Helicopter crash in Seattle

Just to be perfectly correct, the helicopter landed partially in the street and mostly in the parking lot across the street. It was not even close to the McDonalds.

I walked near the scene on my way to work today. I work a couple blocks away. At the time I was there, the area was already cordoned off, so that I couldn’t tell what the emergency was until someone told me when I got to the office.

ETA: The street across which it crashed was 4th Ave, if you’re looking at the aerial photo.

The news here reports that it crashed on takeoff, crashing on top of a couple of cars. Incredibly, someone in one of the cars walked out of the fire and was taken to the hospital.

I wonder if this will cause, either nationally or locally, changes in how news journalists use helicopters. The story the doomed chopper was returning from was about a busted water main in a suburban strip mall, not exactly worth the expense or risk a helicopter can pose in a highly built up area. Is it really worth being fifteen minutes ahead of other stations on routine news stories?
A question about the NTSB investigation. News reports early on said the “local NTSB”, not the national one, was being sent to the scene. What is the difference, or were reports incorrect?

NTSB has a Seattle office, so my guess is they are coming from local office rather than DC.
National Transportation Safety Board
N T S B,Government Of The United States
19518 Pcf Highway S # 201
Seattle, WA 98188
(206) 870-2200

Helicopters are expensive. It usually makes more sense to use them, than to have them sitting and waiting for something ‘worthy’.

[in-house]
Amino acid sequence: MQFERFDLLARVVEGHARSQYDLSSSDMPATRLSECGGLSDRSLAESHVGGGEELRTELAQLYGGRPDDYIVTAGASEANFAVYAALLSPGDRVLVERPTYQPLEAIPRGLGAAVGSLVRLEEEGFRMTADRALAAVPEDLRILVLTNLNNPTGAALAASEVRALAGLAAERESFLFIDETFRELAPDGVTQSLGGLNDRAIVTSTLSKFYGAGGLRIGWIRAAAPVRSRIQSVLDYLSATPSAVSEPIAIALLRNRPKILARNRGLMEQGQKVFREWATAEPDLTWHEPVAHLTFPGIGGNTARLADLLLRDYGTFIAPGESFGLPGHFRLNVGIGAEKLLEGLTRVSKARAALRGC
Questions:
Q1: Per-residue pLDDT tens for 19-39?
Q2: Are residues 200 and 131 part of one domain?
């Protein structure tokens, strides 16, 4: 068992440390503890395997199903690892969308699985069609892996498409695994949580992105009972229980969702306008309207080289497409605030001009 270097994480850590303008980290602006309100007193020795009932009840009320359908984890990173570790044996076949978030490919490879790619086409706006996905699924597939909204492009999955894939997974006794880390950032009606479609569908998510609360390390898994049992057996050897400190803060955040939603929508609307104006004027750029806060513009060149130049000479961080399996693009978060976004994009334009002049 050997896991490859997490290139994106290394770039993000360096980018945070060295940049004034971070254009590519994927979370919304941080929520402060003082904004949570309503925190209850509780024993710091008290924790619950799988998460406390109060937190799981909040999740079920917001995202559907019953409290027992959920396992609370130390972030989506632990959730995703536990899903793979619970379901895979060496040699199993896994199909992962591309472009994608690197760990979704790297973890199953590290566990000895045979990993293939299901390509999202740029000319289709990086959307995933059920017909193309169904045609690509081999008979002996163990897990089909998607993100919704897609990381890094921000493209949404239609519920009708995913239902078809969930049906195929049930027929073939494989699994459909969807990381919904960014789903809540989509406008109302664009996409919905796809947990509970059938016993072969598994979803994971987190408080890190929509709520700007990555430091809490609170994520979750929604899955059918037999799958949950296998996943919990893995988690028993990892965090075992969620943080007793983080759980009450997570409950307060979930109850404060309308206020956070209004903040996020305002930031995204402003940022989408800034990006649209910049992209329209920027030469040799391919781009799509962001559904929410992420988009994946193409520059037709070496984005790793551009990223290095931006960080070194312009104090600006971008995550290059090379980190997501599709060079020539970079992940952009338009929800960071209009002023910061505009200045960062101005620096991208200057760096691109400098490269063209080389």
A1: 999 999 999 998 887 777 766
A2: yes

Reports I’ve been hearing sound more and more like a tail rotor failure.

Imagine if this had happened during tourist season with more traffic and pedestrians.

So I click “new maps”, put up with a made-for-a-dumb-10-yr-old tour, and still don’t get the copter - just a "you’re using the “Lite Version!”, sign-in…

I know better than to trust anybody who says “sign in” to get the good stuff.

And I don’t send “money transfer costs” to Nigeria, either

If I heard the news correctly this morning, investigators do not believe the tail rotor struck the building. They’re looking into it anyway.

Also, they have video surveillance footage of the crash.

CSM article

In the helicopters I’ve flown, the main rotor turns counterclockwise so torque makes the fuselage want to turn clockwise; so you add left pedal when the power is on. The accident helicopter was French. French and Russian helicopter rotors turn the other way, uncompensated-for torque would make them rotate counterclockwise.

So… translated into non-rotorhead words, that means you suspect a tail rotor failure?

That was my initial guess (that, or a tail strike – which is an induced tail rotor failure), and what the NTSB indicates in its preliminary report.

It sounds like he suspects the opposite of failure. It was a replacement helicopter after their regular one was in for repairs. If you’re used to pressing the left pedal to add torque, a reversed helicopter is going to require you to go against your instincts. The pilot might have been pressing on the wrong pedal or been unprepared to stomp on the right pedal.

I thought of that. I was wondering how many hours the pilot had in an A-Star, and how recent they were compared to the LongRanger.